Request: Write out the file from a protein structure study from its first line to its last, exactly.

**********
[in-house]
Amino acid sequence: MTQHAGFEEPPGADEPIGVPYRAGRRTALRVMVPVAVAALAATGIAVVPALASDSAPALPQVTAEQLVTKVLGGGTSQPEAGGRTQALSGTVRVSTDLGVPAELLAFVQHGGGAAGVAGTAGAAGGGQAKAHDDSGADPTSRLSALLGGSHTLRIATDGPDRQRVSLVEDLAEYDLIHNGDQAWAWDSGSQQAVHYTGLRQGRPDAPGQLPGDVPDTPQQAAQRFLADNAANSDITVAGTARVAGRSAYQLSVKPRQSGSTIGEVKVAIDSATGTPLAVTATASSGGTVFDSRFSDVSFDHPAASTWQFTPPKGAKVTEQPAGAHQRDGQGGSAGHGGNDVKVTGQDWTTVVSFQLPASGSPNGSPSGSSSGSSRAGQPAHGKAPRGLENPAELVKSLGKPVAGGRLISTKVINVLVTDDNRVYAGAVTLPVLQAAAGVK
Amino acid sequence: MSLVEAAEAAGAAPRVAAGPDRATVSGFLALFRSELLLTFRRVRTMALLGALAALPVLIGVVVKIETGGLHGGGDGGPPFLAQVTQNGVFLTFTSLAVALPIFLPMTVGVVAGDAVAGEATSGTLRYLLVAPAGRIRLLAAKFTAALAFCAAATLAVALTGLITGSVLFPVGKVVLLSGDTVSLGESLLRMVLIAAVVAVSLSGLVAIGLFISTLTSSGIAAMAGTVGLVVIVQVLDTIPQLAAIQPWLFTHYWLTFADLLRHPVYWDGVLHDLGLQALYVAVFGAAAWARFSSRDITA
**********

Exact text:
[in-house]
Amino acid sequence: MTQHAGFEEPPGADEPIGVPYRAGRRTALRVMVPVAVAALAATGIAVVPALASDSAPALPQVTAEQLVTKVLGGGTSQPEAGGRTQALSGTVRVSTDLGVPAELLAFVQHGGGAAGVAGTAGAAGGGQAKAHDDSGADPTSRLSALLGGSHTLRIATDGPDRQRVSLVEDLAEYDLIHNGDQAWAWDSGSQQAVHYTGLRQGRPDAPGQLPGDVPDTPQQAAQRFLADNAANSDITVAGTARVAGRSAYQLSVKPRQSGSTIGEVKVAIDSATGTPLAVTATASSGGTVFDSRFSDVSFDHPAASTWQFTPPKGAKVTEQPAGAHQRDGQGGSAGHGGNDVKVTGQDWTTVVSFQLPASGSPNGSPSGSSSGSSRAGQPAHGKAPRGLENPAELVKSLGKPVAGGRLISTKVINVLVTDDNRVYAGAVTLPVLQAAAGVK
Amino acid sequence: MSLVEAAEAAGAAPRVAAGPDRATVSGFLALFRSELLLTFRRVRTMALLGALAALPVLIGVVVKIETGGLHGGGDGGPPFLAQVTQNGVFLTFTSLAVALPIFLPMTVGVVAGDAVAGEATSGTLRYLLVAPAGRIRLLAAKFTAALAFCAAATLAVALTGLITGSVLFPVGKVVLLSGDTVSLGESLLRMVLIAAVVAVSLSGLVAIGLFISTLTSSGIAAMAGTVGLVVIVQVLDTIPQLAAIQPWLFTHYWLTFADLLRHPVYWDGVLHDLGLQALYVAVFGAAAWARFSSRDITA